The cushioning is provided by a low-profile 8 mm heel Zoom Air unit, yet again providing extremely responsive cushioning with impact protection to boot. The tensile fibers locked into this Air bag continue to be the peak in lightweight cushioning as the responsiveness is so great to have on the court. However, Nike innovates a second time with a material called Lunar Foam, which is placed in the forefoot. It is made of a combination of EVA (ethylene-vinyl acetate) and nitrate rubber which is 30% lighter than the typical Phylon material that Nike uses in a lot of midsoles. At first, this marshmallowy unit provides ample feedback to your foot. But soon, after about 10 wearings in my experience, this unit compresses under itself and you no longer feel the springback that you first got. Unfortunately, this new tech is not up to par with Nike's usual innovations. It's a great concept, but definitely needs to be tweaked. If a forefoot Zoom Air unit would have been utilized, this would have made the shoe a lot better, cushioning-wise.
To stabilize all this technology, the outsole utilizes a solid rubber recessed groove traction pattern with a herringbone pivot point on the forefoot. This outsole provides good traction on clean courts, but on dusty ones, you are gonna have to wipe them down a lot because it tends to pick up the debris quite easily. The radiused, decoupled heel is something that you typically find on a running shoe, but really does a nice job on this basketball shoe by providing a nice heel-to-toe transition. A lateral (outside) outrigger is a nice touch to provide a stable base and helps the feet to make changes on the court in a second by providing instantaneous feedback to the wearer. This occurred several times to me on sharp cuts near the baseline where it told my foot to go a certain direction, a very nice thing to have.
The design touches are very nice with the eight dots built into the heel counter, midfoot, and toe which stands for 08/08/08, the day the Summer Games opened. Depending on what model you get, there is either an "Elite Hyperdunk," "Hyperdunk 08," or Kobe's Shozoko logo on the tongue. There have already been an explosion of different colorways. Of course, you have the nine TB colorways, such as white/black, white/royal, white/red, etc. There are also several "fade" colorways, such as white/black/white/black, royal/black, etc. A McFly edition based on the Nike shoes in the movie Back to the Future (watch the movie, believe me, its in there!) is a highly-sought after one, fetching prices upwards in the thousands on eBay. You also have the Supreme colorways that are $15 more than the general releases, such as the Kobe Laker-based colorways of black-varsity maize/purple and white-varsity maize/purple, and other ones that correspond with the Nike-sponsored teams in the Olympics, such as China, Argentina, Puerto Rico, and Germany.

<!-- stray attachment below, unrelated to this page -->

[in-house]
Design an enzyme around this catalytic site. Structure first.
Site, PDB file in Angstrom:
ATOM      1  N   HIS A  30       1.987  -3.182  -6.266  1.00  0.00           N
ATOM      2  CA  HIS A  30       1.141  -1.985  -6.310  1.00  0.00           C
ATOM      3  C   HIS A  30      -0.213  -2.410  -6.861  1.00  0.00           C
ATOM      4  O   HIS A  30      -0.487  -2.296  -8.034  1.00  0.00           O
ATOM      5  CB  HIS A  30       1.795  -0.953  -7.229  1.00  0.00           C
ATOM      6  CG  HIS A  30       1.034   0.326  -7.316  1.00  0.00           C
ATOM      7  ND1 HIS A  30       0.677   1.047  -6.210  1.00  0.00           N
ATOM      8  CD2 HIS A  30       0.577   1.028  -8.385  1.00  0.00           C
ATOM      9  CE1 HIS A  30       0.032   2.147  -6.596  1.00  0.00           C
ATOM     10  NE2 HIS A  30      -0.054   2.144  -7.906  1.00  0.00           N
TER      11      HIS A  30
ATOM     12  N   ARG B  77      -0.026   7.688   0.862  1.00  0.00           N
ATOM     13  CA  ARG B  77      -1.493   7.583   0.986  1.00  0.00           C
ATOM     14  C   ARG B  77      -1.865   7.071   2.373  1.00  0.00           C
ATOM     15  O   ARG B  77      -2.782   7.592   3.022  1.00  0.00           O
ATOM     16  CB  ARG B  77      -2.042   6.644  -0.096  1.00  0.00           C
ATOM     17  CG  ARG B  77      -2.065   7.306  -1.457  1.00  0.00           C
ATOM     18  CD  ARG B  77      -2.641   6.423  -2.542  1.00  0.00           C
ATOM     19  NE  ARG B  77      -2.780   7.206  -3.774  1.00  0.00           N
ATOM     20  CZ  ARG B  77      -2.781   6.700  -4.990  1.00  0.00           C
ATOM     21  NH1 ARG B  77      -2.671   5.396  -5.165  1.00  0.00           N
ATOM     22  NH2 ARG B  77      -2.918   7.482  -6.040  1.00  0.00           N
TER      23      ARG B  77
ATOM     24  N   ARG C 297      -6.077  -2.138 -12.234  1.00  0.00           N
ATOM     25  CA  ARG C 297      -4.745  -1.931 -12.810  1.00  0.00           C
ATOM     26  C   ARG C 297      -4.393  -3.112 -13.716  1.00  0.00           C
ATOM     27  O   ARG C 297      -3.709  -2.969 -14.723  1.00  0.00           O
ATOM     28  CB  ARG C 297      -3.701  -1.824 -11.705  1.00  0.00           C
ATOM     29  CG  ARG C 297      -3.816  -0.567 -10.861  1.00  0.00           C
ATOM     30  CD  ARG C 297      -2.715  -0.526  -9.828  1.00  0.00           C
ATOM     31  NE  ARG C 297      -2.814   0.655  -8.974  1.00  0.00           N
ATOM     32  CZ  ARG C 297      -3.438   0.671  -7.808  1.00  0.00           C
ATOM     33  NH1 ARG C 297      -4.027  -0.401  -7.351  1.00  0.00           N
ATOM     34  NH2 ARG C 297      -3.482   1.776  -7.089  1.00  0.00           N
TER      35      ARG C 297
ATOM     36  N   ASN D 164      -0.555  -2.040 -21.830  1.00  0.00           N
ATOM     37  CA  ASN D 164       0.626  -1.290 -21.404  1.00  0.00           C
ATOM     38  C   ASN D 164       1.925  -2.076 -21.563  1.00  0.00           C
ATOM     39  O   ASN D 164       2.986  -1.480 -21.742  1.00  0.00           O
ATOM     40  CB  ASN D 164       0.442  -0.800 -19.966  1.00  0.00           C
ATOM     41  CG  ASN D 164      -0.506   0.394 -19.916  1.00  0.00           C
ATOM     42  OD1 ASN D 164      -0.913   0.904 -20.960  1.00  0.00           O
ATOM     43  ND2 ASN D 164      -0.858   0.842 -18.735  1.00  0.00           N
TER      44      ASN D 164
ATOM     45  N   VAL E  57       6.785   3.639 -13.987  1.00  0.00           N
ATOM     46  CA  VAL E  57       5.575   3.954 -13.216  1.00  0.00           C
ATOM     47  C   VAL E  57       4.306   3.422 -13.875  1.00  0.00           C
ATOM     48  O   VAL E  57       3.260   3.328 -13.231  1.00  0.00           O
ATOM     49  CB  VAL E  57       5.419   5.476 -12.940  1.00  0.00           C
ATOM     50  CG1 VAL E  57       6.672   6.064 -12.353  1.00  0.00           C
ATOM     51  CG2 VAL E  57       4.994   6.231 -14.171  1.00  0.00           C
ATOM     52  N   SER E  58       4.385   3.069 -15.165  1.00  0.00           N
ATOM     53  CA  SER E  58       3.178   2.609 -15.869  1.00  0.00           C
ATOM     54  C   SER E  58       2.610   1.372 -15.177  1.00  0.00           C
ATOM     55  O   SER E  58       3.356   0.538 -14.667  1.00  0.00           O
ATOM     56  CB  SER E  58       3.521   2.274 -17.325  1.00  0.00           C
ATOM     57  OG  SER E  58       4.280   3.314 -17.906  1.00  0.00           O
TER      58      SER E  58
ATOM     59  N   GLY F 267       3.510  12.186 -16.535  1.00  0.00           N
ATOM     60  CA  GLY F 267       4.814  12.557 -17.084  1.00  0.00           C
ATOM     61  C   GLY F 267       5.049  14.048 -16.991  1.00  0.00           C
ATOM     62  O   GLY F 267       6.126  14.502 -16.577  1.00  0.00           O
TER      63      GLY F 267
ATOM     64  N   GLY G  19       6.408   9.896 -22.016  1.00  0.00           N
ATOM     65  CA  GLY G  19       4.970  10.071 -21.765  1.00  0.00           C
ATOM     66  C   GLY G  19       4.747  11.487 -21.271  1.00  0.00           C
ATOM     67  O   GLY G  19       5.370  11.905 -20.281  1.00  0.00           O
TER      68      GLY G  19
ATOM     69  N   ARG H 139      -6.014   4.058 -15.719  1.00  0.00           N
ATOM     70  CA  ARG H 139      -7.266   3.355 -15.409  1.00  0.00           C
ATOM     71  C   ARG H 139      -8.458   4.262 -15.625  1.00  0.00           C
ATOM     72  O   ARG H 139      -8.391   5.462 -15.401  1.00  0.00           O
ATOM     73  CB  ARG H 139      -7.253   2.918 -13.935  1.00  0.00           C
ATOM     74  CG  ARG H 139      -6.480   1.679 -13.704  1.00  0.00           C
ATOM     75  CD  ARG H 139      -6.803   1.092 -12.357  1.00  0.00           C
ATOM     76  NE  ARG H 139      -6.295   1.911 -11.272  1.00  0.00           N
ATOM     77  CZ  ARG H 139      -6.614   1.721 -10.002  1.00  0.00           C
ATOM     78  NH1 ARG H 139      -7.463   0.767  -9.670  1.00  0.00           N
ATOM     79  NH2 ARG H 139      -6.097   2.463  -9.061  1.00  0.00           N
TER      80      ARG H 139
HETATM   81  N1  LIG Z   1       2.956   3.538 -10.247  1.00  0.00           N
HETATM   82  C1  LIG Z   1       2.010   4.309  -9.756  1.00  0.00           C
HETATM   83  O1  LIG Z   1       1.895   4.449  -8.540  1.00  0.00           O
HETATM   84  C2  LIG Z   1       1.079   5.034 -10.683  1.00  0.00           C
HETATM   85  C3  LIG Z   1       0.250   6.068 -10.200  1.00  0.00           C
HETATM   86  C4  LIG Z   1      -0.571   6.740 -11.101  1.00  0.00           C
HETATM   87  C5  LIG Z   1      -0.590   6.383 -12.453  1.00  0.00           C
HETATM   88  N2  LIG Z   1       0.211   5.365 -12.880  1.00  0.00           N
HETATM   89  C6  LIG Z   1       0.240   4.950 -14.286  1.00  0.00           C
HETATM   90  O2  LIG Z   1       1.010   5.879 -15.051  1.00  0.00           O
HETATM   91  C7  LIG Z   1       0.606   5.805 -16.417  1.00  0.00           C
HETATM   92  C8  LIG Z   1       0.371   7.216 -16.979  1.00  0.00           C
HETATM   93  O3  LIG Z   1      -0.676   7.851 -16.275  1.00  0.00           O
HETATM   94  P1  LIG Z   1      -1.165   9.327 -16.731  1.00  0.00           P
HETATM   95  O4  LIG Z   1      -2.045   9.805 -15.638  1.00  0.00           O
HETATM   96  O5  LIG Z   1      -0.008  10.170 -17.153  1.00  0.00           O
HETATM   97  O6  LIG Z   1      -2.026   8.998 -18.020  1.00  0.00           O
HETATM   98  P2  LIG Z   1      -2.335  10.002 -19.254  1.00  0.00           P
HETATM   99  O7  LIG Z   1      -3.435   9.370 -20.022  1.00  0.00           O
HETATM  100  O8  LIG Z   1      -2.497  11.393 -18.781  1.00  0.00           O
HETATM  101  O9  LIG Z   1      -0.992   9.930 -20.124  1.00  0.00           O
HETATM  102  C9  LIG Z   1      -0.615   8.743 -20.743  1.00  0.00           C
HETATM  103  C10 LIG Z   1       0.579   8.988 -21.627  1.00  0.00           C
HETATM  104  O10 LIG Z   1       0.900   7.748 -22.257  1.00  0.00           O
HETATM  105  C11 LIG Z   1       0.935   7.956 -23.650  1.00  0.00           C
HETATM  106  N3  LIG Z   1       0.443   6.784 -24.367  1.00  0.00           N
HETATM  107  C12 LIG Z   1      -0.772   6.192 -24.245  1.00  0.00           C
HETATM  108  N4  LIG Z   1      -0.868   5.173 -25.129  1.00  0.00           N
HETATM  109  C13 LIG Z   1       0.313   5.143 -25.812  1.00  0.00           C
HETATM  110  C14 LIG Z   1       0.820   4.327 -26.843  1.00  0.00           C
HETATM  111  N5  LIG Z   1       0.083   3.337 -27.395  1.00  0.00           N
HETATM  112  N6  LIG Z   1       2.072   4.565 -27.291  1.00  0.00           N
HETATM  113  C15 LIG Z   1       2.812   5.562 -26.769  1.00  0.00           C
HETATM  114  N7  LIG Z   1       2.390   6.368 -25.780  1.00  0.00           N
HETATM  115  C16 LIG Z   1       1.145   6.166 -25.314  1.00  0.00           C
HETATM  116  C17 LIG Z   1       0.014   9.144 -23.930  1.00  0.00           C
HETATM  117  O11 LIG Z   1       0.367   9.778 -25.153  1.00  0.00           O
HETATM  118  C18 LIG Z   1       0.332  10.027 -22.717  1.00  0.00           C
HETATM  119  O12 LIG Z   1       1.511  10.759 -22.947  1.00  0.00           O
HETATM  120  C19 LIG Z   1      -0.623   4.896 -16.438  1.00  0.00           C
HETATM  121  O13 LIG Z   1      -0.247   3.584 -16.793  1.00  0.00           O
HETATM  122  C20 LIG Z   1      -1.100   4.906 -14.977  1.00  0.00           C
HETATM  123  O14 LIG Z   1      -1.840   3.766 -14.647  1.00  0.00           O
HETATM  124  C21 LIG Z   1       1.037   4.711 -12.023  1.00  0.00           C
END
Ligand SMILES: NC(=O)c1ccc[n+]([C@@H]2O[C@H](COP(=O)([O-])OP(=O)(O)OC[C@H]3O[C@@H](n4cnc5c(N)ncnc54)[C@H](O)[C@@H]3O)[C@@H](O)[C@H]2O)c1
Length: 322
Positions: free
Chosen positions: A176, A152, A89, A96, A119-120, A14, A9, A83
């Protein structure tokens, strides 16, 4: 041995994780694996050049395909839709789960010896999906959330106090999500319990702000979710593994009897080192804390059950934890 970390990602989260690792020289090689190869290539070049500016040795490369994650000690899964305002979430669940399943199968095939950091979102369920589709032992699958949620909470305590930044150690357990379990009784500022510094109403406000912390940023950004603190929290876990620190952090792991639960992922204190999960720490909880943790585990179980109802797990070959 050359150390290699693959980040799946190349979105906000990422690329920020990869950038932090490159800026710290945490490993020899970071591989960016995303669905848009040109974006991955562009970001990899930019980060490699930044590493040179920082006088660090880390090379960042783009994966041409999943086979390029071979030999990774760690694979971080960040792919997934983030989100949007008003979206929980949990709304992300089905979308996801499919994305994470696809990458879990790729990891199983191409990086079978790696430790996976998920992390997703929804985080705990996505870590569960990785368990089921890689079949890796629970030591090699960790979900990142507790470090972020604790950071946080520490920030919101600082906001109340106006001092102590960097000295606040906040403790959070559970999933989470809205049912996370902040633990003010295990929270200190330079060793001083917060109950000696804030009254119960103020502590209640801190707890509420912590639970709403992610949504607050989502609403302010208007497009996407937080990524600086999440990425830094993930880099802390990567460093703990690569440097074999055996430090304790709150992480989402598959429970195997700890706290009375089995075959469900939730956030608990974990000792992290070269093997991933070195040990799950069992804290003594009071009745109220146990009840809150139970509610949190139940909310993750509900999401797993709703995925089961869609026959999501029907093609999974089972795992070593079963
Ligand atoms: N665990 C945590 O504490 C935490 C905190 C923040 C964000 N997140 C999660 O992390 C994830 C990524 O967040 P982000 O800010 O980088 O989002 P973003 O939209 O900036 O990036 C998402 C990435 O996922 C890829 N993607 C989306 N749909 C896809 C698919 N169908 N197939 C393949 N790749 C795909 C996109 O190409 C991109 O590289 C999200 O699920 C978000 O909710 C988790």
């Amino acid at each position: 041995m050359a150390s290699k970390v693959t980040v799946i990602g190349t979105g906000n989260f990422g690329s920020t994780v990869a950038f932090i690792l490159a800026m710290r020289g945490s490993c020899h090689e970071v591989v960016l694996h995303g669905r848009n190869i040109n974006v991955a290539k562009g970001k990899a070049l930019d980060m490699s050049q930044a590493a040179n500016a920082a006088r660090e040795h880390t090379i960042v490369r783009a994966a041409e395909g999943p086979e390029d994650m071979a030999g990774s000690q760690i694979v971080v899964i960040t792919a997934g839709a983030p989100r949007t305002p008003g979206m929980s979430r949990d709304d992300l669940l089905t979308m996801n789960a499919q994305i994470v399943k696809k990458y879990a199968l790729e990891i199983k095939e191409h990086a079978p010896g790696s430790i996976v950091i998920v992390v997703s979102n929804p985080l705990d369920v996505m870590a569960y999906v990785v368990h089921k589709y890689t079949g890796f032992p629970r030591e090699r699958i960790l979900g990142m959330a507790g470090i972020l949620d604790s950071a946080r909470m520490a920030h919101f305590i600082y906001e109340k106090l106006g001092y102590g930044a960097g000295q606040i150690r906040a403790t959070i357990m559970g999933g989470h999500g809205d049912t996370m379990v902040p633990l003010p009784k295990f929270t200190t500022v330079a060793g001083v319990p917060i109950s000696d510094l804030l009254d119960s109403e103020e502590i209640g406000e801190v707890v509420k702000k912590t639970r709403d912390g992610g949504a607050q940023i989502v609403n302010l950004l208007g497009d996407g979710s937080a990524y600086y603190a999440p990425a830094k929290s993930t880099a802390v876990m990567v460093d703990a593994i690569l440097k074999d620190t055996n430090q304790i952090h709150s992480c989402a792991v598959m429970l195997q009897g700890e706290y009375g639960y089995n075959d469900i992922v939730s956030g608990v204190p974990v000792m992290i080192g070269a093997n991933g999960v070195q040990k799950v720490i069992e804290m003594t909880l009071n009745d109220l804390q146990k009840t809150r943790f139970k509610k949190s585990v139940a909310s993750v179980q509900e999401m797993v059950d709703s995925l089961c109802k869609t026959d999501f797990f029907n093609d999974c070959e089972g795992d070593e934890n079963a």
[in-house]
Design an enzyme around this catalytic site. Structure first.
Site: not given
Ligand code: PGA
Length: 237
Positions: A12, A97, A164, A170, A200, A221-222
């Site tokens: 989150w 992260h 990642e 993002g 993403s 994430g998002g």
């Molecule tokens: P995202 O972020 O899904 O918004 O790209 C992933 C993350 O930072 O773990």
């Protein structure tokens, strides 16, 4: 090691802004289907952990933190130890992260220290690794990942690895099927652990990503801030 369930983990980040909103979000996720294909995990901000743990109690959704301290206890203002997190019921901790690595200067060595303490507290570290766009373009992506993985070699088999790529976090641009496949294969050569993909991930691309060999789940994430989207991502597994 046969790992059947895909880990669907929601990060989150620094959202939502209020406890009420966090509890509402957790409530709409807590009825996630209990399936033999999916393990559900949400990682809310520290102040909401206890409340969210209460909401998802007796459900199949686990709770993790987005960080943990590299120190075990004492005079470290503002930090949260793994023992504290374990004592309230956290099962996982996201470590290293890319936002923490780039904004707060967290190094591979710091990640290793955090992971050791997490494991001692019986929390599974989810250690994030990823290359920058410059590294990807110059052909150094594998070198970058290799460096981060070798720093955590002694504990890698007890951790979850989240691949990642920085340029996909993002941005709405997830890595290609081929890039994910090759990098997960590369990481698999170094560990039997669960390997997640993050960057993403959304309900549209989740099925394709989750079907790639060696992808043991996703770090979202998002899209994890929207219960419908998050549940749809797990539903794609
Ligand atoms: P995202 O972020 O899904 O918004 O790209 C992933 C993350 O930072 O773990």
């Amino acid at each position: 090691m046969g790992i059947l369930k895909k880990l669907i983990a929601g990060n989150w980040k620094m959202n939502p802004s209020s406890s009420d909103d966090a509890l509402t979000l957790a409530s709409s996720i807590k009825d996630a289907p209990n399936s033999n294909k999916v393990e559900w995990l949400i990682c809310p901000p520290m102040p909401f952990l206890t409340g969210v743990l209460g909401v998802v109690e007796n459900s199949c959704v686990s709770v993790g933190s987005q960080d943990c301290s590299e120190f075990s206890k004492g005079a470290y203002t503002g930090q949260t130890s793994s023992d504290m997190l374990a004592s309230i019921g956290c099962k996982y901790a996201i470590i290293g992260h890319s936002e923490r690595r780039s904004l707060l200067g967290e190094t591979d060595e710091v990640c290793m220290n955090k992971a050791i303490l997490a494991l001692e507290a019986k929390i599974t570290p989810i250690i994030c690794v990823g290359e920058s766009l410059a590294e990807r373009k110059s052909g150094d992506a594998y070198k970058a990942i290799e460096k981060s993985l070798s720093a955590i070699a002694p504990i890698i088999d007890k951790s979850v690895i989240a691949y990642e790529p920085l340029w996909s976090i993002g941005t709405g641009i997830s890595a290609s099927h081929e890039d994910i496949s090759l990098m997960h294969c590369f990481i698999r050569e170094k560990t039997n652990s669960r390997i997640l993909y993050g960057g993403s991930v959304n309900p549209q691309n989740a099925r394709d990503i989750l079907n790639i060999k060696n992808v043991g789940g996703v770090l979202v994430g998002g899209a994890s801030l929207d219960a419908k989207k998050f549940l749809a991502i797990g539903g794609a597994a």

A couple more limted-edition ones such as the one that has the TNT NBA broadcasting team of Charles Barkley, Ernie Johnson, and Kenny Smith are lithographed on the tongue, United We Rise edition with a lasered upper, and a Mamba Kobe edition with snakeprint and his Olympic number, 10, on the medial side, Snakepool version in which Kobe wore in a Nike viral commercial released in Youtube, and several others. A truly unique shoe, this definitely sets Nike even farther ahead of the competition. There are some tweaks that need to be made to give it a complete 5 rating, but I'ma round up to 4.5 for that 5. It can be worn by any position as the upper is more than stable enough to lock down any player's weight. The Hyperdunk definitely lives up to the hype, this time, pun very much intended.